12.02.13 9:45 AM ET
Six Secrets of Sleep Hacking to Get More Effective Rest
Everyone is looking for ways to squeeze more hours out of the day, and unfortunately for many, that means giving up on the one thing they need most: proper sleep.
Sleep quantity and sleep quality tend to have a linear relationship—as one goes down, so does the other—but they don’t have to. I can spend less time sleeping while getting adequate sleep quality to ensure I am able to recover, process, and thrive on a daily basis.
You may have heard of sleep hacking, but most of the methods don’t take into account the life of a parent. I have three sons under the age of 2, so no one in my house gets much sleep. If nothing else, the random nature of children waking up in the middle of the night or getting colds and disrupting your schedule makes most sleep hacking methods null and void.
Prepare to fight back with these six sleep hack tips.
1. Know Your Sleep Cycle
One of the best things you can to improve your sleep is take a page from the Quantified Self movement and start recording your data. My favorite sleep tracker is the Basis Band, which includes sensors for constant heart rate monitoring, skin temperature, and even perspiration so you can get an incredible level of insight into the way you move through your various sleep cycles (light sleep, deep sleep, REM sleep, etc). If you don’t want to spend the money or find a band uncomfortable to sleep in, the Sleep Cycle app for your iPhone uses the device’s accelerometer to determine which level of sleep you are in throughout the night. The information is valuable if you sleep for eight hours straight, but even if you are woken up six times a night by a crying baby, you can draw useful insights. While your perceived level of exhaustion may have you convinced you are getting no sleep at all, a pattern most likely will emerge. Once you identify that pattern, you can exploit it. Simply knowing that you average three-hour stints instead of the 15 minutes you thought you were getting can be a huge psychological windfall.
Get Fat and Happy
The cells in your body run on glucose from sugar and ketones from fat. Most people on the standard American diet have acclimated their bodies to a life of burning sugar. So that’s exactly what your brain does all night long while it’s processing the day’s events and helping your body recover. It’s one of the reasons most people wake up starving and their cravings point them toward that box of Cinnamon Toast Crunch. However, if you provide your body with a nice injection of fat before you go to bed, it can use those efficient and delicious ketones to get through the night, letting you get better rest. So try nice warm cup of herbal tea before bed and add a tablespoon of grass-fed butter, coconut oil, or MCT oil, a derivative of coconut oil with concentrated medium chain triglycerides.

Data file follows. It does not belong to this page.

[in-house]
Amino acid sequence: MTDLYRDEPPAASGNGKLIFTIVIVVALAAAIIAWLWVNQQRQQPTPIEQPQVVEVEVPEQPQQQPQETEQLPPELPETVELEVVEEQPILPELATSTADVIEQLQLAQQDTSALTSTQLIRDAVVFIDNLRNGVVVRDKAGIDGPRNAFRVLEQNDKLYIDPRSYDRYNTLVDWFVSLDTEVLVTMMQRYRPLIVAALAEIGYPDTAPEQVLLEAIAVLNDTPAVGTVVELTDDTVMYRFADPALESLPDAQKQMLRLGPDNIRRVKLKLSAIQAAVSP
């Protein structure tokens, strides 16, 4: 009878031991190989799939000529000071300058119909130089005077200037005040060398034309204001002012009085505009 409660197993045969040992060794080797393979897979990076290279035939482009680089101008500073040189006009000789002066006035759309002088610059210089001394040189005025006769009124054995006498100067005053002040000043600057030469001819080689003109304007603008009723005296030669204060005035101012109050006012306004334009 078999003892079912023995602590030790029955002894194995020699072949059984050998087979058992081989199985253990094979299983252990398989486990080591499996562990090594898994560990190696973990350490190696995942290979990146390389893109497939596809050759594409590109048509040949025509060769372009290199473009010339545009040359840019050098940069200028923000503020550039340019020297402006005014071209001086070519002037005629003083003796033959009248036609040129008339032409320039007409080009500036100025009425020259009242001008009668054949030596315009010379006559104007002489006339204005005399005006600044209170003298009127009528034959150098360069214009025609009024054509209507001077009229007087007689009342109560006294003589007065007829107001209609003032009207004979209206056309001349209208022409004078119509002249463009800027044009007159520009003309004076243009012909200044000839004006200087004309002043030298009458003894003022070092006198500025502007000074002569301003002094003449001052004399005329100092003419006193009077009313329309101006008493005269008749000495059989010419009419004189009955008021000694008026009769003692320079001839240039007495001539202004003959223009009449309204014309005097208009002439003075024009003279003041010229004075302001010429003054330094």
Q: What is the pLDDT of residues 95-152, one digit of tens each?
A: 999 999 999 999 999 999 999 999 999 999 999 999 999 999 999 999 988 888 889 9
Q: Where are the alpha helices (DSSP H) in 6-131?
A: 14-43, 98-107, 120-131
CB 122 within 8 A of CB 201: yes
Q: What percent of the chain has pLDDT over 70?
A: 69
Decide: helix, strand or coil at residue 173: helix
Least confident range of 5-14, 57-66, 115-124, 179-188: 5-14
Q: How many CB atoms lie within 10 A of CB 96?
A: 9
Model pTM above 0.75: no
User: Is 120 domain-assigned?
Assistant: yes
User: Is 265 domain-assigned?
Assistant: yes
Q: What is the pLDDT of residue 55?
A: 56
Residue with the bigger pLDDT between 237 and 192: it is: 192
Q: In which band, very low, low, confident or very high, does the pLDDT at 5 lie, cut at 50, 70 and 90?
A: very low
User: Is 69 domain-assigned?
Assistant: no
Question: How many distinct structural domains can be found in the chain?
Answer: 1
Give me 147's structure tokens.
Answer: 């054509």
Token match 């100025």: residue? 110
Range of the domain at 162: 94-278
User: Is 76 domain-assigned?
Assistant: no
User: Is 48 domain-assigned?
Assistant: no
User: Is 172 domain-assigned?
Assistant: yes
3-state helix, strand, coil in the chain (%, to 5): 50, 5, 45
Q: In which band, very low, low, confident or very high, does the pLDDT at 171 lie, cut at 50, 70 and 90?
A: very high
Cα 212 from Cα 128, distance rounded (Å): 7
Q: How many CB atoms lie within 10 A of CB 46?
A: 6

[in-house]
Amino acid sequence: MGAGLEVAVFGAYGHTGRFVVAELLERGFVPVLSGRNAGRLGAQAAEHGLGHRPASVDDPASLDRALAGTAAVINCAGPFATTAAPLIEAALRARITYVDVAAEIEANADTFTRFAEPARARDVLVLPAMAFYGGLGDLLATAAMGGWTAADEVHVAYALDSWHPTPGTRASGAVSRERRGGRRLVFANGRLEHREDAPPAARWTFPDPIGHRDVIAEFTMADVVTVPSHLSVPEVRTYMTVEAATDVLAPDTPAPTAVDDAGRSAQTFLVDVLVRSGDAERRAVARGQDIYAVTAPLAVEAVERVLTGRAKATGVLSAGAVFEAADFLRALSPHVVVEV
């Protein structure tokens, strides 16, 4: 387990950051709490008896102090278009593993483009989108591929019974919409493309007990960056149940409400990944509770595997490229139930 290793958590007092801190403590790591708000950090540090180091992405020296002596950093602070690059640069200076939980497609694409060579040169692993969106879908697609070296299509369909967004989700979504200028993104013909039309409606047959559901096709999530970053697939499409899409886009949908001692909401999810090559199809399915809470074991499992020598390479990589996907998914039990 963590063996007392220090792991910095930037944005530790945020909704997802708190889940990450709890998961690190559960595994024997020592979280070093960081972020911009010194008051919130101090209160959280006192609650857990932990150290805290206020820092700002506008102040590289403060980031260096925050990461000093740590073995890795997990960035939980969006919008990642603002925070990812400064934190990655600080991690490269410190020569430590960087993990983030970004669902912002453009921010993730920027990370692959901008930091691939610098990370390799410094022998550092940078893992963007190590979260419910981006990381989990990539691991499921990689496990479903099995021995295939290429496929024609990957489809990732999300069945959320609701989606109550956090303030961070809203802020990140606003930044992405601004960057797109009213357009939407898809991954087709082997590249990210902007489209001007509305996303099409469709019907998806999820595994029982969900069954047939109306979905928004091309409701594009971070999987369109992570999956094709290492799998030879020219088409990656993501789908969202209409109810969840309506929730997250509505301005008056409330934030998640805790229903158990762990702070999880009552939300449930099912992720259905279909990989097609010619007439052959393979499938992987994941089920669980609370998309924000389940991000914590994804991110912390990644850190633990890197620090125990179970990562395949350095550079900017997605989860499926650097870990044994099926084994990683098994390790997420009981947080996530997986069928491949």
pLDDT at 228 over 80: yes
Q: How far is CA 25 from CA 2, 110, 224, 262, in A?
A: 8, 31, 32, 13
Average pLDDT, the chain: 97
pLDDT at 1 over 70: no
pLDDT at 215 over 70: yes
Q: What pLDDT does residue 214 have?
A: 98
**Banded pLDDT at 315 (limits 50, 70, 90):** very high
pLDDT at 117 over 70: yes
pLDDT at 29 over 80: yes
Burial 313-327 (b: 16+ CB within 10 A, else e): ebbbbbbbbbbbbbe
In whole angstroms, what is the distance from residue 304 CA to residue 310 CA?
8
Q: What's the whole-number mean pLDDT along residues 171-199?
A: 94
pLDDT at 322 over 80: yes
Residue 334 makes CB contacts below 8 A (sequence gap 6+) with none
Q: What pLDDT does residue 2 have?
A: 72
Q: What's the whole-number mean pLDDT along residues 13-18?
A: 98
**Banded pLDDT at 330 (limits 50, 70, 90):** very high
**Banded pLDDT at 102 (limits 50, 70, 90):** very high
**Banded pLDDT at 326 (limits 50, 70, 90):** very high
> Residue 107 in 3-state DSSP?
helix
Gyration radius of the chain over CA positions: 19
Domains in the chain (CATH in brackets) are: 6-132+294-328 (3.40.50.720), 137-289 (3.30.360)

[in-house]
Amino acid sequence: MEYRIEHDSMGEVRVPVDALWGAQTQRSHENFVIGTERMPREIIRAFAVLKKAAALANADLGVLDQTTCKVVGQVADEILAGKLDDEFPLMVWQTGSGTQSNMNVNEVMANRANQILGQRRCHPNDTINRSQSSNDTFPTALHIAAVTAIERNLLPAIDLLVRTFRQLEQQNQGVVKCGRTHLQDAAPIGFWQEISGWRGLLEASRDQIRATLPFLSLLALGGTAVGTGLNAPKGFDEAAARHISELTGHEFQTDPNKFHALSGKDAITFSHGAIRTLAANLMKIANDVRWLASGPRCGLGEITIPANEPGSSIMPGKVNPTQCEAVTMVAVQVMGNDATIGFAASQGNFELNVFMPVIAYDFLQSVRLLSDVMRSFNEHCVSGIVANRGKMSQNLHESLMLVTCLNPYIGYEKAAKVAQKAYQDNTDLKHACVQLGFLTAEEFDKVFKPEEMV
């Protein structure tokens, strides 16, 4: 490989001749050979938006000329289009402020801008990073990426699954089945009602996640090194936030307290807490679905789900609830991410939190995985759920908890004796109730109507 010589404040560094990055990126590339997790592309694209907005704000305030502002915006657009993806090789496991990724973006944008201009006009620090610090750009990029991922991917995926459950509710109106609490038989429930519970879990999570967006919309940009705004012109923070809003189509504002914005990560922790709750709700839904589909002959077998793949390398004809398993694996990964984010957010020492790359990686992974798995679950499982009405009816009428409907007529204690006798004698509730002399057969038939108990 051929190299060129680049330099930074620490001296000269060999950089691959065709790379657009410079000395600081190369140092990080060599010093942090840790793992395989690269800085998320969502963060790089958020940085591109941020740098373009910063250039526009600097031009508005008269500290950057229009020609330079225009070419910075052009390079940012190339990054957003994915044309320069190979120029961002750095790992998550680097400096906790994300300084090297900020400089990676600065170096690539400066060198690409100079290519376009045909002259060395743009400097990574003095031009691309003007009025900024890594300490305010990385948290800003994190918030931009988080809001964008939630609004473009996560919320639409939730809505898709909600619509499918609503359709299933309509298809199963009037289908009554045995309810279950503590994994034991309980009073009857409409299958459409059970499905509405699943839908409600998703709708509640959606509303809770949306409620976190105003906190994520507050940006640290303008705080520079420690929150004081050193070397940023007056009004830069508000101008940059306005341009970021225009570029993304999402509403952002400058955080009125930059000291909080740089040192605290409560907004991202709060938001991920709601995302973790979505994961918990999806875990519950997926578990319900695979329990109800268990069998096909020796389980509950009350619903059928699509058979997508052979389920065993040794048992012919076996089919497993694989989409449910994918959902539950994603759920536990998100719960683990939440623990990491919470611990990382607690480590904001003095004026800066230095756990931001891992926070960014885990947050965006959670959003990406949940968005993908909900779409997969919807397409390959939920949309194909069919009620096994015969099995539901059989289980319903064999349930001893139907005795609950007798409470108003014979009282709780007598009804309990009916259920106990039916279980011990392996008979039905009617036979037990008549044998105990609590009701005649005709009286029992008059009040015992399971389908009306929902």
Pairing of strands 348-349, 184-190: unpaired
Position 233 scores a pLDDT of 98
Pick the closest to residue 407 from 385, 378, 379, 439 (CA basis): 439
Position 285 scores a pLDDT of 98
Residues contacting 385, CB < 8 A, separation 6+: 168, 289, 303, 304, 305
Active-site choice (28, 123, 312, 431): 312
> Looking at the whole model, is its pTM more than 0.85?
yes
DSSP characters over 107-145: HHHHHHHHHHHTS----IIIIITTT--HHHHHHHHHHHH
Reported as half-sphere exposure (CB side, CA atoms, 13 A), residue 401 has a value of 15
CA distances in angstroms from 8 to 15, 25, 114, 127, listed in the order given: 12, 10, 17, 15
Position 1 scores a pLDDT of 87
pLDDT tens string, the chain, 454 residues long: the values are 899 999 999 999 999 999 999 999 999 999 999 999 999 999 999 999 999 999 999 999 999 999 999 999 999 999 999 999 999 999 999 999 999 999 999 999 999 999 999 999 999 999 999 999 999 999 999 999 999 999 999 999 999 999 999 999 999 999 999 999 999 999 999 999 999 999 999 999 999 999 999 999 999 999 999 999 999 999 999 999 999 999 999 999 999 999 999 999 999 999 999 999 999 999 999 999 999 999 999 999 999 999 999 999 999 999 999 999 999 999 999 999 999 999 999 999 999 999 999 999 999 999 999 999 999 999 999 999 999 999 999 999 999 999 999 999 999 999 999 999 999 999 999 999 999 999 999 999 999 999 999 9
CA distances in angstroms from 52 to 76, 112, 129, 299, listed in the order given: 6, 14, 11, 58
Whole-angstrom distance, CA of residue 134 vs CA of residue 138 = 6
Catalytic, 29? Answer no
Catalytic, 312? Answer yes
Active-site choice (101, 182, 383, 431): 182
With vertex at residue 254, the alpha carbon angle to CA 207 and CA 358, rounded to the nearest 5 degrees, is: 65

Change Your Sheets
If you really want to maximize your recovery time in bed, whether you are asleep or not, pick up a set of Earthing sheets. These sheets plug into the ground outlet nearest your bed—don’t worry, they won’t electrocute you—and allow negative ions to flow. Not only will you recover better from many injuries, but you will sleep better than you ever have, unless of course you’ve spent a starry night swaying in a hammock between two palm trees.
Clear the Way
Toxins in your dinner can seriously disrupt your sleep. Whether you ate a questionable plate of oysters or downed one too many tequila shots, taking activated charcoal tablets will set you on the right path. Activated charcoal is the same stuff you find in emergency rooms and Brita water filters. They pick up and help remove many of the nasty toxins you find in the things you regularly ingests, allowing your body to focus on good sleep and recovery rather than trying to clean out your liver.
Set the Mood
During the day the sky is blue, and that signals to our bodies that it’s time to be active. When things go dark, our body begins to wind down and prepare for sleep. Unfortunately, all of your digital devices—iPhones, iPads, Kindles, laptops, and TVs—have blue light spectrum containing illumination. So if you read a Kindle book in bed and then turn it off and expect to be able to fall into a nice sleep quickly, you’ve got another thing coming. You need to avoid these blue light sources up to an hour before you want to go to sleep. If that sounds like a really boring hour, pick up an $8 pair of blue blocking sunglasses on Amazon and you can look at those screens all night long without signaling to your body that you should be awake.
Finally, the best way to realize a productive night of sleep is to have a clear mind. Download the Stress Doctor app for your mobile device and spend five minutes doing some Heart Rate Variability training. You’ll reconnect your mind with your nervous system, allowing you to calm yourself down and remain that way in the face of stress—because at the end of the day, your body can handle an enormous amount of stress if it doesn’t recognize it as stress.